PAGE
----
Report reveals Boko Haram’s devastating toll on education in northeast Nigeria
A new Human Rights Watch report shows that Boko Haram’s targeted attacks on schools, students, and teachers have affected all strata of life in Nigeria’s northeast, with education as the fault line of the conflict.
The 86-page report, “‘They Set the Classrooms on Fire’: Attacks on Education in Northeast Nigeria”,released by Human Rights Watch (HRW) on 11 April, documents the increasingly brutal assaults of Boko Haram’s (“Western education is forbidden,” in Hausa, the dominant language in northern Nigeria) on schools, students, and teachers since 2009 in Borno, Yobe, and Kano states.
Between 2009 and 2015, Boko Haram’s attacks destroyed more than 910 schools and forced at least 1,500 more to close. At least 611 teachers have been deliberately killed. Thousands more students and teachers have been injured, some in deadly suicide bombs in the same period. The insurgent group has abducted more than 2,000 civilians, many of them women and girls, including large groups of students. An estimated 10,000 civilians have died in Nigeria since the group began its attacks in 2009. The conflict has left nearly one million children with little or no access to school.
In late 2012 and early 2013, the HRW report notes, as Nigerian security forces expanded military operations against Boko Haram, the insurgents became more brutal, deliberately targeting and killing teachers, school administrators, and education officials. The group also attacked students to keep them out of school and forcibly recruited students into Boko Haram’s ranks. Its fighters abducted female students as “wives”, effectively for sexual slavery. As security tightened, Boko Haram adopted suicide bombings as a tactic at schools and other locations, killing increasing numbers of children and school staff.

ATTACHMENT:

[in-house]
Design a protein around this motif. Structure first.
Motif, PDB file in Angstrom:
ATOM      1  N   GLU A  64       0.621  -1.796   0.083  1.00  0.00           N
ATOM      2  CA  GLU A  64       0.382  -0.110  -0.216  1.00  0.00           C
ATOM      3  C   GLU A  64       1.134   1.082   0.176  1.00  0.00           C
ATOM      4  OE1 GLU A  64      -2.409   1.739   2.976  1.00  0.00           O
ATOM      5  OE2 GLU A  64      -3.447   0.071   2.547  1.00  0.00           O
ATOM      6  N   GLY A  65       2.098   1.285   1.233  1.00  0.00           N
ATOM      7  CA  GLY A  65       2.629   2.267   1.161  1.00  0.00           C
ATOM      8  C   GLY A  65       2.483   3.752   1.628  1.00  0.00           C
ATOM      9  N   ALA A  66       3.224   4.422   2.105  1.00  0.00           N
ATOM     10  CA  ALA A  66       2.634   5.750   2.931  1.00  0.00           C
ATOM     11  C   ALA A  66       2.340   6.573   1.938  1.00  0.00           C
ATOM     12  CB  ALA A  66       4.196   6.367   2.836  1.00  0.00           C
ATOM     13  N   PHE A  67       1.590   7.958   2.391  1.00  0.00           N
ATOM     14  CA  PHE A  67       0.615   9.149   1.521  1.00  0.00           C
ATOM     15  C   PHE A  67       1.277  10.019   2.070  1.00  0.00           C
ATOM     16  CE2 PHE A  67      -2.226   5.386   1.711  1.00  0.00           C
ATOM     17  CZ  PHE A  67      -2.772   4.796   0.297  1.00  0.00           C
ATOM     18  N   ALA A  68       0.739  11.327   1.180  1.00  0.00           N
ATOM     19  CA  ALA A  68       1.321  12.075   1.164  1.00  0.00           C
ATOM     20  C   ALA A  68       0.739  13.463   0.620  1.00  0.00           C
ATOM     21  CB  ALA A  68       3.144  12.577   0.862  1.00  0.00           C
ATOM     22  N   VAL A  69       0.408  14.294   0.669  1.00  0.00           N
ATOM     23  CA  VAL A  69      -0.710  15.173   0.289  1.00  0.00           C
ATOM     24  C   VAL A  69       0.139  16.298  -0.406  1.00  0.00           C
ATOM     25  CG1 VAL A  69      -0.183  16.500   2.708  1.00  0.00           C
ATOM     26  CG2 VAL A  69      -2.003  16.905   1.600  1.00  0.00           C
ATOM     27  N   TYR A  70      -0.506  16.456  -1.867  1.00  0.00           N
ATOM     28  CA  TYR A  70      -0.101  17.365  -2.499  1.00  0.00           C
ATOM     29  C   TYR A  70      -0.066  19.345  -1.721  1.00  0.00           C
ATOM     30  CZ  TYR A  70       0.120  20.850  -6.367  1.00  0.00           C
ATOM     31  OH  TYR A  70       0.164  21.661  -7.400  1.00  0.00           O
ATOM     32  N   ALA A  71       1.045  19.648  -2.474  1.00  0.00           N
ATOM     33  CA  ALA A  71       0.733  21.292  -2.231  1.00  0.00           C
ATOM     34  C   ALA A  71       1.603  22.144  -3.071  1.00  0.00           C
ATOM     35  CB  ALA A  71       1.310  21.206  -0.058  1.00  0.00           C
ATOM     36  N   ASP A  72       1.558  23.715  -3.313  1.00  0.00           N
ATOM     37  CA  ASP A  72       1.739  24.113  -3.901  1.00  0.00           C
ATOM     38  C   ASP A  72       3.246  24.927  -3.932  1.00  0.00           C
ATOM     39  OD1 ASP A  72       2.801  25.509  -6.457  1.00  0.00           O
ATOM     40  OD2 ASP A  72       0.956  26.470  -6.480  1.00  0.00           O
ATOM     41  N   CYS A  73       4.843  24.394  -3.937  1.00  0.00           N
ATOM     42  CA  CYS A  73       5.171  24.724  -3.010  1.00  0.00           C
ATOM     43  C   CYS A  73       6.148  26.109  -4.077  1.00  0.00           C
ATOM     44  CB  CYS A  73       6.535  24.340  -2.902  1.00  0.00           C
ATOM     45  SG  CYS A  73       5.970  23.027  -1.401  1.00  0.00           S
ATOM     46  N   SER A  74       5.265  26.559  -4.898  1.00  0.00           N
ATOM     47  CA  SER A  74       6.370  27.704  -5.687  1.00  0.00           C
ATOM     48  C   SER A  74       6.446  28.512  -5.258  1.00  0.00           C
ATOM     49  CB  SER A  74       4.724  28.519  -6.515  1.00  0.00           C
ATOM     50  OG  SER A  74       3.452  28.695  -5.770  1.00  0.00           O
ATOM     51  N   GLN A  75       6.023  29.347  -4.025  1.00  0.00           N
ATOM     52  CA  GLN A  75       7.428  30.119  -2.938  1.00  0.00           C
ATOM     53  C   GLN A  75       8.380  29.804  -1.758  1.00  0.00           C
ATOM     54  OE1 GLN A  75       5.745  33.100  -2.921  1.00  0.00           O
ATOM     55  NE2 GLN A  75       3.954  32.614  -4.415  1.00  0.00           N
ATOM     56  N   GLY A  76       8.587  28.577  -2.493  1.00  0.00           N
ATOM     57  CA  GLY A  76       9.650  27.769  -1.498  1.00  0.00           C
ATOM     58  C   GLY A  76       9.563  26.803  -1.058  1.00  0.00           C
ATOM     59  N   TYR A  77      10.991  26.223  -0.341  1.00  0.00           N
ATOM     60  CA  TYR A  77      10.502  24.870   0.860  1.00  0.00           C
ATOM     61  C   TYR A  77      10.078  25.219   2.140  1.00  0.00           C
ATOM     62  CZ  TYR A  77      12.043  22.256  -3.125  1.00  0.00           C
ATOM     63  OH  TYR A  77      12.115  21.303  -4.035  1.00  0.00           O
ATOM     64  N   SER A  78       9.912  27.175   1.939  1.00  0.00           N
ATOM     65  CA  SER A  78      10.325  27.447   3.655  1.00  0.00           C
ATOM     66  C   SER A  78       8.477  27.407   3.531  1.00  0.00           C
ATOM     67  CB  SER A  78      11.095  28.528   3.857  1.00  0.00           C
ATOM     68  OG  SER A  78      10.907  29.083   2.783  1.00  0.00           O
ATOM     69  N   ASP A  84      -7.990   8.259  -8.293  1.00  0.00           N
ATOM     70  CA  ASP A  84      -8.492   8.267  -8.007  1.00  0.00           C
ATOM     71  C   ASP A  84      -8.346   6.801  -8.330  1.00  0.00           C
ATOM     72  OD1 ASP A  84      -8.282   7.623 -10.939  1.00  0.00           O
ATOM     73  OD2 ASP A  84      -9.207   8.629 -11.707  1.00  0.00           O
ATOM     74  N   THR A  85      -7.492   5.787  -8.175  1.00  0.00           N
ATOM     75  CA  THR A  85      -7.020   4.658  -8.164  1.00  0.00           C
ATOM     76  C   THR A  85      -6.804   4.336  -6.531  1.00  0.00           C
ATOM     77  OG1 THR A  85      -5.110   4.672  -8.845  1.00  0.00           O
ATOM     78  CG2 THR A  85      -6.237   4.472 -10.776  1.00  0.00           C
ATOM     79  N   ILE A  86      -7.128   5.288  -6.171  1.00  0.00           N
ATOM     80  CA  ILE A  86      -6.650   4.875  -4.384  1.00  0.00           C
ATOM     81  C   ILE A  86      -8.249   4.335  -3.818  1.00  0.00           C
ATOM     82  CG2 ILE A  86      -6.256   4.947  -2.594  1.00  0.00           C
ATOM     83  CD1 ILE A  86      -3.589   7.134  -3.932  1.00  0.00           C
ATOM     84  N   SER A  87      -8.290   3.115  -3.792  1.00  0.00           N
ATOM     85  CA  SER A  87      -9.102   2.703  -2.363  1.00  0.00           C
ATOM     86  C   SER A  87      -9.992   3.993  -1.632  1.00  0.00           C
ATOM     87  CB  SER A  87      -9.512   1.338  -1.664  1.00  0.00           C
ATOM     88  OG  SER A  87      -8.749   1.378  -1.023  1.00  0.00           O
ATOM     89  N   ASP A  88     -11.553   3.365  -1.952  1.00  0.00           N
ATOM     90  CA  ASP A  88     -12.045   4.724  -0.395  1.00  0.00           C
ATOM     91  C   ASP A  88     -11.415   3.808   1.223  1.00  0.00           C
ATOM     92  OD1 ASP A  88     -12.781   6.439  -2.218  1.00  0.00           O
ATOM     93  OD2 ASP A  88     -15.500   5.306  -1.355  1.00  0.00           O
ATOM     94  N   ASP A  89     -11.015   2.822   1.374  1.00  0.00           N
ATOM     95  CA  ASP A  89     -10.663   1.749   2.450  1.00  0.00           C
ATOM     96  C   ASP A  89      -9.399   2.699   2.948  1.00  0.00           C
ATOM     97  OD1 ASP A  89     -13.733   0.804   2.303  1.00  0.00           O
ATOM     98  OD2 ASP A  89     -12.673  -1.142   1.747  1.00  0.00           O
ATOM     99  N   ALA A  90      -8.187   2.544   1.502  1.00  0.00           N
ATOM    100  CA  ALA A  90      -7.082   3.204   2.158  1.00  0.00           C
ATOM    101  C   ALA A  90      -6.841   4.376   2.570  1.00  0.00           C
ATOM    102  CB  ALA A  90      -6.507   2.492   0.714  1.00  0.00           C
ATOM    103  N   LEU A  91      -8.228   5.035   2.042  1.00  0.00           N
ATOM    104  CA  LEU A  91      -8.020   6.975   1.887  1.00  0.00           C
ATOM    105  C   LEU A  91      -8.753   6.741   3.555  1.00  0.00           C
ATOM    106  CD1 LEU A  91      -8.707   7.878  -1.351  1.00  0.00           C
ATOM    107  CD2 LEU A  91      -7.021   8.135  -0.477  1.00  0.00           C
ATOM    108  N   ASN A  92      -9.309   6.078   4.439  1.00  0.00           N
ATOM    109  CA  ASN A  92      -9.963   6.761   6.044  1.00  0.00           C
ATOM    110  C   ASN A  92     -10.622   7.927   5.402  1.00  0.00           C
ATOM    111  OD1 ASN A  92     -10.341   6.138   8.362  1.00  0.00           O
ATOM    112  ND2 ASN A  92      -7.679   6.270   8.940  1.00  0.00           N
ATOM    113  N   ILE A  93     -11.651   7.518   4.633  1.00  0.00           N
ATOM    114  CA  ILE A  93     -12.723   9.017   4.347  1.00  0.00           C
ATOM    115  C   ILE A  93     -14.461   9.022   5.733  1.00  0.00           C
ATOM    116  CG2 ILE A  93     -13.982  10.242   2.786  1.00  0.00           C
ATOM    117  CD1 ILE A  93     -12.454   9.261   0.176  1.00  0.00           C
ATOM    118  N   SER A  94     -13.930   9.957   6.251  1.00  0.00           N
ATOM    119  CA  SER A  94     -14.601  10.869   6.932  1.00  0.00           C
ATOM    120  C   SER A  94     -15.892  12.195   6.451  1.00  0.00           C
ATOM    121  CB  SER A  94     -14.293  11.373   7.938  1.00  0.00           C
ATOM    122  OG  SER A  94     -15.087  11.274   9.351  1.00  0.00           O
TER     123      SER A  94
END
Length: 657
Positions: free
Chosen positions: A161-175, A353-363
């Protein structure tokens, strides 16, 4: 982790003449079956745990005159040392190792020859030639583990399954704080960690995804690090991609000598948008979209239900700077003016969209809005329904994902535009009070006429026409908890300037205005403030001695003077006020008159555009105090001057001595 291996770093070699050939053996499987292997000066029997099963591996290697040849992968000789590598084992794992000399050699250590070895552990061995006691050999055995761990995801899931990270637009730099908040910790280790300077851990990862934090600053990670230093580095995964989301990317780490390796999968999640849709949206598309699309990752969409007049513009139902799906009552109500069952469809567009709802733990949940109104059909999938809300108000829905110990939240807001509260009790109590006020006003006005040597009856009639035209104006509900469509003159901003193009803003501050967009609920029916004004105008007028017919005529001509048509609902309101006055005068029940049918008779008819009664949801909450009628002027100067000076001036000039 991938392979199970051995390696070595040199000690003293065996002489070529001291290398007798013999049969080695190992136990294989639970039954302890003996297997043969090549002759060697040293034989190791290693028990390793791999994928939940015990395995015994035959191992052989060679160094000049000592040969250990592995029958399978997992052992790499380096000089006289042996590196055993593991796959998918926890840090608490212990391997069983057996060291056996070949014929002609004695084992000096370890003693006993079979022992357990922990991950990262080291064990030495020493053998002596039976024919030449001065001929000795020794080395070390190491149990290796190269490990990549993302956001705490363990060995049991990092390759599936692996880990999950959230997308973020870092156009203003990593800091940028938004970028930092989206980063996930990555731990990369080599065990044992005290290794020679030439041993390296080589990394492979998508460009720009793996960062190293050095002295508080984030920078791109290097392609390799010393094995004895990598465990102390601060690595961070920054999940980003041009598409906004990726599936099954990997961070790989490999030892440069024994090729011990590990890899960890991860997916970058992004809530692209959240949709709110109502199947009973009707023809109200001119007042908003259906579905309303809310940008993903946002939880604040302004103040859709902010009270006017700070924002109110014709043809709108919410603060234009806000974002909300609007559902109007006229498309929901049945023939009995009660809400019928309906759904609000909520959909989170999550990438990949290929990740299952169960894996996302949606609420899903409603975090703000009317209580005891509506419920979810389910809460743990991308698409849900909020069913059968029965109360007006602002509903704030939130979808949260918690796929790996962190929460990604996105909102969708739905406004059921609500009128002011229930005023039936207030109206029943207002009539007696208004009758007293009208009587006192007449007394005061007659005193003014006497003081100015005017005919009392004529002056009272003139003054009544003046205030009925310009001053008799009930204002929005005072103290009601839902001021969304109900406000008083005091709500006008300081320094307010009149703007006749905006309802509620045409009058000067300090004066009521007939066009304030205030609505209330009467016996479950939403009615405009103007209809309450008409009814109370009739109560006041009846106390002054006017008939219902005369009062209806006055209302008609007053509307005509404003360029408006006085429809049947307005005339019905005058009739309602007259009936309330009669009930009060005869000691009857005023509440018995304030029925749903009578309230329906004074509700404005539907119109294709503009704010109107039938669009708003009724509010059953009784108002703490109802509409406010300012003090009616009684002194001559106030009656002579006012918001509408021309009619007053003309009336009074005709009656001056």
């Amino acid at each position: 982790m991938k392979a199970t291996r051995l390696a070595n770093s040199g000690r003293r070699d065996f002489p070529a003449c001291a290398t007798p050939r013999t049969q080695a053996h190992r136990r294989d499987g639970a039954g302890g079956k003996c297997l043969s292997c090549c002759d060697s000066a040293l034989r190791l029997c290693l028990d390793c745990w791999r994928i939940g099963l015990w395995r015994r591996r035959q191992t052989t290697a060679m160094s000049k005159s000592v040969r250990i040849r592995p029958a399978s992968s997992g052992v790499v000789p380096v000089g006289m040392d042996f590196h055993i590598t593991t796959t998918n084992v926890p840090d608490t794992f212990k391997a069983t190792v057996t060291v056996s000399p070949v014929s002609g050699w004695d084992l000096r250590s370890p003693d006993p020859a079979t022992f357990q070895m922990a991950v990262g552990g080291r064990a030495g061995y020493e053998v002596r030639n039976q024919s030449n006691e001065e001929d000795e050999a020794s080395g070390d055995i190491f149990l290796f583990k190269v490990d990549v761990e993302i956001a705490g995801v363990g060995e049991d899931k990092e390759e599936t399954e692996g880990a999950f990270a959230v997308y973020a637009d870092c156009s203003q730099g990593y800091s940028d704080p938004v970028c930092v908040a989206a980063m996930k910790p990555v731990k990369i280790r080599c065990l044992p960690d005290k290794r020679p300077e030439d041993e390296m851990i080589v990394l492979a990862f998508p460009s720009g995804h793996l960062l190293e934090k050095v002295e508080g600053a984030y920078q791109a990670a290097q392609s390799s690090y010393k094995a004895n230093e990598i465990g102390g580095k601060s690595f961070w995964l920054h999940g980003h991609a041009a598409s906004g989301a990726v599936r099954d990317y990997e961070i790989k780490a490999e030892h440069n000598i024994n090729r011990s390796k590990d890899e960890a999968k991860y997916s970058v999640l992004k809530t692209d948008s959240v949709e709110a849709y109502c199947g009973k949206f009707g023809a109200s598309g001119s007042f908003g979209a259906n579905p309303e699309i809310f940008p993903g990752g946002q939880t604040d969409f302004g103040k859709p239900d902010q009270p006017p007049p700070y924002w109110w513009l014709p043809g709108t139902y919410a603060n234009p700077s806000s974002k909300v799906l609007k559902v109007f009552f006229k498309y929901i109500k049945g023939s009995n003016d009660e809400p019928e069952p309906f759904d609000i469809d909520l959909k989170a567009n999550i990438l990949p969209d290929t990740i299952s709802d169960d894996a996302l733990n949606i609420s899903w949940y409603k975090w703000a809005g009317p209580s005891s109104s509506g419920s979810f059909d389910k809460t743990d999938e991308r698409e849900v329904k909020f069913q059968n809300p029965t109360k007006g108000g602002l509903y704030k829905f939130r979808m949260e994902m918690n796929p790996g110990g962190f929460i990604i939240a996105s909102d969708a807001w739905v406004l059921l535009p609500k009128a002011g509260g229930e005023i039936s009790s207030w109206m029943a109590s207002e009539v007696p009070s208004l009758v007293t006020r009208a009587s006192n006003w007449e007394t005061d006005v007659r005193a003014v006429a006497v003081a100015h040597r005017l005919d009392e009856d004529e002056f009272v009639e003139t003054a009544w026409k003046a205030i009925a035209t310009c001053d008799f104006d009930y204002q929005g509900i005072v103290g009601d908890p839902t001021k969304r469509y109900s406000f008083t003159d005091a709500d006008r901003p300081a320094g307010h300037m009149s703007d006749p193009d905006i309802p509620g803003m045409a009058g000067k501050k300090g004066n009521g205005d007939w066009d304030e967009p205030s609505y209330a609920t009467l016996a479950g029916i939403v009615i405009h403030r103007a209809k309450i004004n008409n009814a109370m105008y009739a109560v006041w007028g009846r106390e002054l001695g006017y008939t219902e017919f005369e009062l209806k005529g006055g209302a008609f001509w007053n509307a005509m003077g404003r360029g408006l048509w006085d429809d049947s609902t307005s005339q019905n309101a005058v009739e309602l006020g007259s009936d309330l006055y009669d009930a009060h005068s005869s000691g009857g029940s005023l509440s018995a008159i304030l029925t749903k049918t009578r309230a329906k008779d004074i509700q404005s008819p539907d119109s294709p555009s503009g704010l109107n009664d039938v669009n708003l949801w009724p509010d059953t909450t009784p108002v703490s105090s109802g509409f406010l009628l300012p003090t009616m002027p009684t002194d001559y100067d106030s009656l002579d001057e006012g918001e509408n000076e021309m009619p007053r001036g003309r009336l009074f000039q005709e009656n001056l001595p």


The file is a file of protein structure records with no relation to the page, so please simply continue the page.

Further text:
Intimidation and harassment of teachers
Teachers and school staff told HRW that insurgents quietly began intimidating and harassing them in many parts of Borno and Yobe states from late 2012. Public school teachers were the initial targets of threats for being government workers and teachers in Western-style schools. Many received personal visits from insurgents to warn them to stop teaching.
Targeted killing of teachers
In addition, insurgents sometimes went into mosques to preach against teachers, urging parents to withdraw their children from school. After prayers, they searched the towns for teachers whom they either killed or abducted.
Boko Haram has shown particular distaste for certain subjects like geography and science. Analysts and researchers explained to HRW that insurgents were taught to believe that aspects of science, such as the theories of evolution, and the principles of evaporation in geography contradicted Quranic text. Teachers of these subjects were therefore targeted, as well as teachers responsible for discipline or examination of students. Teaching of subjects such as Christian religious knowledge or English has also earned the wrath of insurgents. Some Arabic teachers and clerics whose teachings or sermons contradicted Boko Haram ideology were also targeted for killing.
Attacks on female teachers
The insurgents also said they do not want female teachers and students attending school. In addition to the targeted killings and harassment suffered by male and female teachers alike, they have abducted female teachers for forced conversion, rape, and forced marriage and also harassed them to dress in a prescribed manner.
NUT: ‘Traumatic and demoralising’
In October 2015, the Nigeria Union of Teachers (NUT) President Michael Olukoya acknowledged that “the memory of the 276 abducted Chibok girls and thousands of others whose potentials and lives have been cut short, remains traumatic and demoralising.”
Strongly condemning the killing of teachers in terror attacks, he added that an additional 19,000 teachers have been displaced and are suffering great losses due to the “barbaric activities of the insurgents.”